Models of the Mind: How Physics, Engineering and Mathematics Have Shaped Our Understanding of the Brain (Paperback)
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The human brain is made up of 85 billion neurons, which are connected by over 100 trillion synapses. For more than a century, a diverse array of researchers searched for a language that could be used to capture the essence of what these neurons do and how they communicate – and how those communications create thoughts, perceptions and actions. The language they were looking for was mathematics, and we would not be able to understand the brain as we do today without it.
In Models of the Mind, author and computational neuroscientist Grace Lindsay explains how mathematical models have allowed scientists to understand and describe many of the brain's processes, including decision-making, sensory processing, quantifying memory, and more. She introduces readers to the most important concepts in modern neuroscience, and highlights the tensions that arise when the abstract world of mathematical modelling collides with the messy details of biology.
Each chapter of Models of the Mind focuses on mathematical tools that have been applied in a particular area of neuroscience, progressing from the simplest building block of the brain – the individual neuron – through to circuits of interacting neurons, whole brain areas and even the behaviours that brains command. In addition, Grace examines the history of the field, starting with experiments done on frog legs in the late eighteenth century and building to the large models of artificial neural networks that form the basis of modern artificial intelligence. Throughout, she reveals the value of using the elegant language of mathematics to describe the machinery of neuroscience.
Grace Lindsay is an Assistant Professor of Psychology and Data Science at New York University.
After completing her PhD in 2018 at the Center for Theoretical Neuroscience at Columbia University, she went on to a postdoctoral fellowship at University College London, where her research focused on building mathematical models exploring sensory processing. Before that, she earned a bachelor's degree in Neuroscience from the University of Pittsburgh, and received a research fellowship to study at the Bernstein Center for Computational Neuroscience in Freiburg, Germany. She was awarded a Google PhD Fellowship in Computational Neuroscience in 2016 and has spoken at several international conferences.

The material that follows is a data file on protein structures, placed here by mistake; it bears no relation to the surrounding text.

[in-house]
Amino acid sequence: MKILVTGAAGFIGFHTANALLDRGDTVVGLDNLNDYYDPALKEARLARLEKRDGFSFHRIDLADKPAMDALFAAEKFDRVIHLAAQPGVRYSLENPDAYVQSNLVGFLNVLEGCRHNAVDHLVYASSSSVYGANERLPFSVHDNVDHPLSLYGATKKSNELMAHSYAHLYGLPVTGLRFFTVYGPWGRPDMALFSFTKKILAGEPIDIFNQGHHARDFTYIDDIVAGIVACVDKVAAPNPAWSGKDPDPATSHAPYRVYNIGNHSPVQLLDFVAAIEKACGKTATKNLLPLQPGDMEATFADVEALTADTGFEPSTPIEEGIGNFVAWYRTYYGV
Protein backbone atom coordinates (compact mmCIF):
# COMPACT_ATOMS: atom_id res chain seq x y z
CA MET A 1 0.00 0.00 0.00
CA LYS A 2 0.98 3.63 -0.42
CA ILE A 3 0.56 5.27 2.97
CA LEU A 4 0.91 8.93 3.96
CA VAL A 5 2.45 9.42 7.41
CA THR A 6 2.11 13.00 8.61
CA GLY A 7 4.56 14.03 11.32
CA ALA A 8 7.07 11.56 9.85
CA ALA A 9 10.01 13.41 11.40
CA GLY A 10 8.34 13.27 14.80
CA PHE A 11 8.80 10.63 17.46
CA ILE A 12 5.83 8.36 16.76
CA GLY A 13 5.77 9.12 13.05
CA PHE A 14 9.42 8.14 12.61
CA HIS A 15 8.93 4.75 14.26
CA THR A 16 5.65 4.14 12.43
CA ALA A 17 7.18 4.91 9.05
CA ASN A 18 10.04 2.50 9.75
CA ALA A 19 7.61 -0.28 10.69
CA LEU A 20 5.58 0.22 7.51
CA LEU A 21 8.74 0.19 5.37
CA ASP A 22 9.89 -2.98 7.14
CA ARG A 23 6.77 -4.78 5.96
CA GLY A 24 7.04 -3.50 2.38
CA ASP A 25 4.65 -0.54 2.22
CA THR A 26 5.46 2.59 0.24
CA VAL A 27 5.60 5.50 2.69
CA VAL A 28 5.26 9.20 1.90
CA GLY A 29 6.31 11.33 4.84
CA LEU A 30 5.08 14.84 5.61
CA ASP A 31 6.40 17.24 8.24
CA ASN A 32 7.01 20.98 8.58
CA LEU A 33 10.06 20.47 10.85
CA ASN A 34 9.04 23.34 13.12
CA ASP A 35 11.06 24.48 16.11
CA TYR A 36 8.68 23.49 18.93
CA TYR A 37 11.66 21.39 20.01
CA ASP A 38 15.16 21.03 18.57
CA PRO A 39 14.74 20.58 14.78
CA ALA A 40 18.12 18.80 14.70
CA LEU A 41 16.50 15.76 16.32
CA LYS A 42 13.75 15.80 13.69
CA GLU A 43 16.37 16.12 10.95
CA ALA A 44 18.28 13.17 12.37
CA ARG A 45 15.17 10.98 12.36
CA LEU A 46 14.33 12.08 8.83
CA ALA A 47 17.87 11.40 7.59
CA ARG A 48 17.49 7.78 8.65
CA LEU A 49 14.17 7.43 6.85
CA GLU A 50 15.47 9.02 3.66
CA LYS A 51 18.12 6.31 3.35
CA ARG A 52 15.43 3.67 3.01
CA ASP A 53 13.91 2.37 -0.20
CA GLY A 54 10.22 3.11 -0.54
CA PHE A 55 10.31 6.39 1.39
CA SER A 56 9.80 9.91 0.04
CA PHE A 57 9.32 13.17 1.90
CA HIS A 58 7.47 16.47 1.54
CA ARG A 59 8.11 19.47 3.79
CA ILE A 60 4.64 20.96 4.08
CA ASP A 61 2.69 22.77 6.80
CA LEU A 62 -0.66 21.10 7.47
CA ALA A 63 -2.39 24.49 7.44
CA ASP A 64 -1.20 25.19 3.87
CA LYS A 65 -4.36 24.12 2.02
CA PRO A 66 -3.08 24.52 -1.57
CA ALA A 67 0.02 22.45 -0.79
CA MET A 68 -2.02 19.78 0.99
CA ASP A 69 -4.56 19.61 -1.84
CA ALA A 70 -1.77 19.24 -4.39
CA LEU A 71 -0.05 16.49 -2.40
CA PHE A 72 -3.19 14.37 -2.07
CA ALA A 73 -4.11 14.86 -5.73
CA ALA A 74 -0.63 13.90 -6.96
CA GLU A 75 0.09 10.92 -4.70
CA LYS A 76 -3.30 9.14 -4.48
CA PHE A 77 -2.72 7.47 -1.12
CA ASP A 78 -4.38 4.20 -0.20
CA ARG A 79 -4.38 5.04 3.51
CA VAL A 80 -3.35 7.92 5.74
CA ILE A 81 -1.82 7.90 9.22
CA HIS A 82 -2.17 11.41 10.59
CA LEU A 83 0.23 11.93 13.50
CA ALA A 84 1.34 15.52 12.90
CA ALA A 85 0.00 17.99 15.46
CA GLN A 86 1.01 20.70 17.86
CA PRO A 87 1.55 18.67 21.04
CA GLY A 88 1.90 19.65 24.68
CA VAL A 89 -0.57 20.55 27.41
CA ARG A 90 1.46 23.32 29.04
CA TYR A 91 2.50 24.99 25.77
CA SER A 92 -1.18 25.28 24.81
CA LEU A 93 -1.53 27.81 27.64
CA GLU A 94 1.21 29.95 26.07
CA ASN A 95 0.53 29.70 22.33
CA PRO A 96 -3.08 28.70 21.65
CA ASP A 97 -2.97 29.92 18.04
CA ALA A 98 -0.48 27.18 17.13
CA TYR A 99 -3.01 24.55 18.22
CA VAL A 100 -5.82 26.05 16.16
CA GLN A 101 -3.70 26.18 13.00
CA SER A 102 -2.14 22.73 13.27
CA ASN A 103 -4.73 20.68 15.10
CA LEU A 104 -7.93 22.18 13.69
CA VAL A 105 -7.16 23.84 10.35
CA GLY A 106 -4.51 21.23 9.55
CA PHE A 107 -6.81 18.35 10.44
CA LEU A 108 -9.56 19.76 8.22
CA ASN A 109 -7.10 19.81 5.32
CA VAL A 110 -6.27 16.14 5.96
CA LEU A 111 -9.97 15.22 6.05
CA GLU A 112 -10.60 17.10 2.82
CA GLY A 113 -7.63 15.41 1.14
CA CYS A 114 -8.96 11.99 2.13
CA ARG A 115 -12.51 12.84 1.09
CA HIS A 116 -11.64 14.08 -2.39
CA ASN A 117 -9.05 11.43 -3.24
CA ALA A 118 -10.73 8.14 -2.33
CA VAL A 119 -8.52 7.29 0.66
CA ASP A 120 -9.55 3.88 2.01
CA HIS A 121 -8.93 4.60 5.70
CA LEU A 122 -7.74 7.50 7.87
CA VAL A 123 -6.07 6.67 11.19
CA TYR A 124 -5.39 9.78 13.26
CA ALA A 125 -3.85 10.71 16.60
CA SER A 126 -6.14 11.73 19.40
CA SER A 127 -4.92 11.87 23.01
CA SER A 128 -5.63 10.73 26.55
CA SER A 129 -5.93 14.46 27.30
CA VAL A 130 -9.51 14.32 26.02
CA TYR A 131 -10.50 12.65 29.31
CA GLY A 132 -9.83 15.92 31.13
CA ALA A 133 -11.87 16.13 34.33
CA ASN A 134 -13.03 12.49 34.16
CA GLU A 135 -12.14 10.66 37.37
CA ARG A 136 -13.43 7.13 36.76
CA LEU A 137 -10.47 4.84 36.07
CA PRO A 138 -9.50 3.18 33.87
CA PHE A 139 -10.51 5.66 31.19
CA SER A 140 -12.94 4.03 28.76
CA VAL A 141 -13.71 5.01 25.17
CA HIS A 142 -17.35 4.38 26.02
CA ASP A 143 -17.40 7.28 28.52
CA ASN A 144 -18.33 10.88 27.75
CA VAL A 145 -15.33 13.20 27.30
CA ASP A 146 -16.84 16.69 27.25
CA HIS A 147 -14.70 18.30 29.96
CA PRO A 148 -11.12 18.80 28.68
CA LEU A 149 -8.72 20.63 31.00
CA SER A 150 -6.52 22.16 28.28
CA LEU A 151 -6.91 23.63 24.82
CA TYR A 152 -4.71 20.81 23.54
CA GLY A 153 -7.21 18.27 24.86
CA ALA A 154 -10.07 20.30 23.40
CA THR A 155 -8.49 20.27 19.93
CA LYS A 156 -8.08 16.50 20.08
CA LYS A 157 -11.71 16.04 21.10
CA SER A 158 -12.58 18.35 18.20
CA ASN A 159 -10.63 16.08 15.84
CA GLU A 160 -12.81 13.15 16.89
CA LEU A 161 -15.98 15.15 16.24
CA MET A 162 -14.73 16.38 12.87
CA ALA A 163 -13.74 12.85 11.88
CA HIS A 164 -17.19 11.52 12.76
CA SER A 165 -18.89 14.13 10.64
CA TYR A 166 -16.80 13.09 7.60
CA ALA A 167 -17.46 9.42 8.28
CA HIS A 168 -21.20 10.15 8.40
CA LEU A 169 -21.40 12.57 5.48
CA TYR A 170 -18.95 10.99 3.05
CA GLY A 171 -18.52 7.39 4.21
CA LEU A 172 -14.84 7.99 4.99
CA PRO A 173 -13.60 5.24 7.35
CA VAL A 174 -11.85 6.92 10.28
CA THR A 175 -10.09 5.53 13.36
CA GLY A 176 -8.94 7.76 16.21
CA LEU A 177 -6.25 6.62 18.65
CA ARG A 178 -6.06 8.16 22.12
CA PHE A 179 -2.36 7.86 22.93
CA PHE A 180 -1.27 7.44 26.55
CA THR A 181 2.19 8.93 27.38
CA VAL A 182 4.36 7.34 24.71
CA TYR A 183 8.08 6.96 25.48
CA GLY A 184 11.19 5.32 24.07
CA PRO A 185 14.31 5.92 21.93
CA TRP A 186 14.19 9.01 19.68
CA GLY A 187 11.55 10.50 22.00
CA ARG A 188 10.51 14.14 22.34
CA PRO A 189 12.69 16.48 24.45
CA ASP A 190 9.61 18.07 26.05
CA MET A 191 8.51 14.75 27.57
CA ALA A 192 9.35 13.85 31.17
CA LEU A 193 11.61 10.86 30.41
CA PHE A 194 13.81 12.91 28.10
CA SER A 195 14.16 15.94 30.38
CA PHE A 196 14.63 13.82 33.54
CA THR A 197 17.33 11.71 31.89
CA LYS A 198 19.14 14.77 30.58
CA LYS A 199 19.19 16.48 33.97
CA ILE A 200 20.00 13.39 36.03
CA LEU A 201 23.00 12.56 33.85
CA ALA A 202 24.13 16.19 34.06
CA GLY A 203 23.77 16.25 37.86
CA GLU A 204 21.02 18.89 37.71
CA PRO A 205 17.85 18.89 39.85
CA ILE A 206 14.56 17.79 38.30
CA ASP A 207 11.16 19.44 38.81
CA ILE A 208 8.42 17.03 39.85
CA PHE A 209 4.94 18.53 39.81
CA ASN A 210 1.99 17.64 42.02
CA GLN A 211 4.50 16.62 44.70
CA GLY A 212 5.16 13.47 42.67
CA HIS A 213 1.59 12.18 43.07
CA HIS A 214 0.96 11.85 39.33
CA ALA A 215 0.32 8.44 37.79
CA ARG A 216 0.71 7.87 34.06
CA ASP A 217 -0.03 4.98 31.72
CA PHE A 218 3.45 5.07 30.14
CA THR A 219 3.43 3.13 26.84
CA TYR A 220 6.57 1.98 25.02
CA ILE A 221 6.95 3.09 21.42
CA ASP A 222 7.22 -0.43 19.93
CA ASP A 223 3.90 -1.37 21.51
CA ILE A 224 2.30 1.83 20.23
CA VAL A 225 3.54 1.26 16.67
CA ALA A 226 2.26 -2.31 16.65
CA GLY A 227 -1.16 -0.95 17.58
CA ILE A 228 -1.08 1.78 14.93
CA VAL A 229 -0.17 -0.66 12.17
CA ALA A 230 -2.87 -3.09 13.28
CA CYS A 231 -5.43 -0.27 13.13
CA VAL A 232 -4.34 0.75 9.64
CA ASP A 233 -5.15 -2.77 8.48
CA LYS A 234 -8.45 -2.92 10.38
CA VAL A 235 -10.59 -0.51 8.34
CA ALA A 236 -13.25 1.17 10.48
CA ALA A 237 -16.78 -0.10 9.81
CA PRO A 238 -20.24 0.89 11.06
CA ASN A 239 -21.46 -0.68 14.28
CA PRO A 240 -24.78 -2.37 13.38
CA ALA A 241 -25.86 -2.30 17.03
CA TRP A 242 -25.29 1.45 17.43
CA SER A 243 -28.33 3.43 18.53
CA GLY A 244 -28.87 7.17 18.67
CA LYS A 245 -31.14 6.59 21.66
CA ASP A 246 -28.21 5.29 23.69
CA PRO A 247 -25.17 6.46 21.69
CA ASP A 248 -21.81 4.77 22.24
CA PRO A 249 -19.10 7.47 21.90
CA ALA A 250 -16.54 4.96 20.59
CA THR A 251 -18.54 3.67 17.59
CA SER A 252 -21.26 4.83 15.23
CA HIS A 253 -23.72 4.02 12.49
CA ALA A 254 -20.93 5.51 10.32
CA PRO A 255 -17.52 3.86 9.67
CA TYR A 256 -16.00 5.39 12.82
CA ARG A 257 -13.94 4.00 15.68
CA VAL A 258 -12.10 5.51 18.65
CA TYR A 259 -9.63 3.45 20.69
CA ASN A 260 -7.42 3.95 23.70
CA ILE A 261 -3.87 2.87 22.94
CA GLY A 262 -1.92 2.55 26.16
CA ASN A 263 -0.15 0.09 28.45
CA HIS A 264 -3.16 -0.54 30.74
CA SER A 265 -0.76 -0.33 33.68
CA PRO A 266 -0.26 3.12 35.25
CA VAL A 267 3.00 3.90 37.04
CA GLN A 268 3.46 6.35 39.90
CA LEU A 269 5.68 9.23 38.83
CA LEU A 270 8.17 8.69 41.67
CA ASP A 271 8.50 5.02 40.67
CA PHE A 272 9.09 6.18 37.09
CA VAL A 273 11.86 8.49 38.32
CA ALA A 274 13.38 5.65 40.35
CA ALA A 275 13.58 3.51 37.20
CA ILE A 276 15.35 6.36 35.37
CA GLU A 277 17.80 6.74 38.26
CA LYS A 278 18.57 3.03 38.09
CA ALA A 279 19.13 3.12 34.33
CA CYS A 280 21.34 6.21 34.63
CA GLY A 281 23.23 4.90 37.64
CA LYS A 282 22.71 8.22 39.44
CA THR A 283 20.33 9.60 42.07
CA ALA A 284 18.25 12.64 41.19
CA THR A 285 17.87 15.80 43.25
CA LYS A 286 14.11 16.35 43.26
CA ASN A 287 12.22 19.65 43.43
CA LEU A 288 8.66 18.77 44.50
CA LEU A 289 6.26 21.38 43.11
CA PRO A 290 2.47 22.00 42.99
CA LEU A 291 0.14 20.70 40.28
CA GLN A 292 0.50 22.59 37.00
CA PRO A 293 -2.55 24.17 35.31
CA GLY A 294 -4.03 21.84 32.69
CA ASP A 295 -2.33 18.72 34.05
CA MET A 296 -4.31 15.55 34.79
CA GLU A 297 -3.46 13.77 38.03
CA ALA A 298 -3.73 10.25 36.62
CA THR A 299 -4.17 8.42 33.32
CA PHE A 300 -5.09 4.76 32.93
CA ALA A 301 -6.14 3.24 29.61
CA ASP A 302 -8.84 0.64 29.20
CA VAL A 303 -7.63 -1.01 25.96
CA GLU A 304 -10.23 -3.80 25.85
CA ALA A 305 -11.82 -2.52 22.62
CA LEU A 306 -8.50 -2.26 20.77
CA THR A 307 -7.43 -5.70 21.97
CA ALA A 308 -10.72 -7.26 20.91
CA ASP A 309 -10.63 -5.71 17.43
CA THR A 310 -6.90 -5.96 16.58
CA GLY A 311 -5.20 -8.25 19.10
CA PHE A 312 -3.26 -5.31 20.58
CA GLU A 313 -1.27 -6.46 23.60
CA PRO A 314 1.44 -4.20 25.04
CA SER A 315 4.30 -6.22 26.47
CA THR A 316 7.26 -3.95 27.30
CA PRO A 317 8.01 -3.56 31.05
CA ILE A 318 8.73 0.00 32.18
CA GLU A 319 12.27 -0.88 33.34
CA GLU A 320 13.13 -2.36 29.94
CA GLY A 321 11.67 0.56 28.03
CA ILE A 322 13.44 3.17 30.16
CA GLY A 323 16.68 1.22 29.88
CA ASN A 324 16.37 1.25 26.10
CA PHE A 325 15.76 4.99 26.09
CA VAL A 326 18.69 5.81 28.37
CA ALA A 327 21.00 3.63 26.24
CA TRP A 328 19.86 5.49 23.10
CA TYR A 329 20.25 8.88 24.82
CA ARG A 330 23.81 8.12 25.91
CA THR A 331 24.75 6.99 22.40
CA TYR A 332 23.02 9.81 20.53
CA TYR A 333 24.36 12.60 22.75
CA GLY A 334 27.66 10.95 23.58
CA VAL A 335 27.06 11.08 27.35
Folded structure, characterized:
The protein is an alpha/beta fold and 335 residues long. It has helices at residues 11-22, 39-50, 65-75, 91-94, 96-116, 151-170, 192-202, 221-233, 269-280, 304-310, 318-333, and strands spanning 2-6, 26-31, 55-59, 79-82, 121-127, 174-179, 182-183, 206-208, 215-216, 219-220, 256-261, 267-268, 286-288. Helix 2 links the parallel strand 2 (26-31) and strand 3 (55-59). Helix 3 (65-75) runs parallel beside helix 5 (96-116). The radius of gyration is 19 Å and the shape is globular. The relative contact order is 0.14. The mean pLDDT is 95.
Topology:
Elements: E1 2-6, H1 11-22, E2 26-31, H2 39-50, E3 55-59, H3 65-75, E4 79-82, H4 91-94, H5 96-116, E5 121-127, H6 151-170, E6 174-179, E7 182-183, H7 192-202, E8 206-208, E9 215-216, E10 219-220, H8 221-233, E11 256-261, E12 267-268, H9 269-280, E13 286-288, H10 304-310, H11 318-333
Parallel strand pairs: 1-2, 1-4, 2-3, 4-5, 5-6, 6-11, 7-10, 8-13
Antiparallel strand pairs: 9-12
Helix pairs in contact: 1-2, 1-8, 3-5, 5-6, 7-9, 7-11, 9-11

“Grace Lindsay provides a masterful tour of this important frontier, tackling intimidating topics with verve and wit.” —Sean Carroll
“This is a remarkable book … an excellent introduction to an area that few of us probably know anything about, and all the more fascinating because of that.” —Popular Science
“Models of the Mind is a grand tour through the history of computational neuroscience, from its humble beginnings in information theory and neuron structure up to its modern manifestations harnessing supercomputers to run large scale convolutional neural networks that model important brain systems.” —Women You Should Know
“The book is not only wide-ranging in its choice of topics but is also a lively journey through the history of these efforts and traces the lives of the eccentric and fascinating scientists who were instrumental in figuring out the brain's working by using tools ranging from information theory and graph theory to Bayesian modeling and neural networks.” —3 Quarks Daily
“ 'Enthralling, erudite and accessible … an engrossing history of science and an enlightening guide to neuroscience's current frontiers.'” —Liam Drew, Neurobiologist and author of I, Mammal: The Story of What Makes Us Mammals
“This book is an anthology of the scientific poetry that has illuminated our studies and conceptions of the brain.” —Professor Larry Abbott, Center for Theoretical Neuroscience, Columbia University